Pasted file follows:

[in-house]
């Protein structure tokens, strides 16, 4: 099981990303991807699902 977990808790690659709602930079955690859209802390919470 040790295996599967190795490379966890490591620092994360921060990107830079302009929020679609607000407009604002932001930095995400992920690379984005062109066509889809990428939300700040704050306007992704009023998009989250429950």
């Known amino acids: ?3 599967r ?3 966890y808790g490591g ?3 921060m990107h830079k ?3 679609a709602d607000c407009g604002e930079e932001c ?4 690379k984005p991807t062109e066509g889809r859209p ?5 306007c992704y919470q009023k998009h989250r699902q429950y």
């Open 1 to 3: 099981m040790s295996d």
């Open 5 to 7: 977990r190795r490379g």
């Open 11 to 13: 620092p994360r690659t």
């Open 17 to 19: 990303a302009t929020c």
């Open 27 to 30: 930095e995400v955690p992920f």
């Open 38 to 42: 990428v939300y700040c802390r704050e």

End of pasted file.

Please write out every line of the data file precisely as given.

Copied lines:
[in-house]
């Protein structure tokens, strides 16, 4: 099981990303991807699902 977990808790690659709602930079955690859209802390919470 040790295996599967190795490379966890490591620092994360921060990107830079302009929020679609607000407009604002932001930095995400992920690379984005062109066509889809990428939300700040704050306007992704009023998009989250429950």
């Known amino acids: ?3 599967r ?3 966890y808790g490591g ?3 921060m990107h830079k ?3 679609a709602d607000c407009g604002e930079e932001c ?4 690379k984005p991807t062109e066509g889809r859209p ?5 306007c992704y919470q009023k998009h989250r699902q429950y």
């Open 1 to 3: 099981m040790s295996d």
């Open 5 to 7: 977990r190795r490379g």
């Open 11 to 13: 620092p994360r690659t």
């Open 17 to 19: 990303a302009t929020c």
């Open 27 to 30: 930095e995400v955690p992920f």
């Open 38 to 42: 990428v939300y700040c802390r704050e």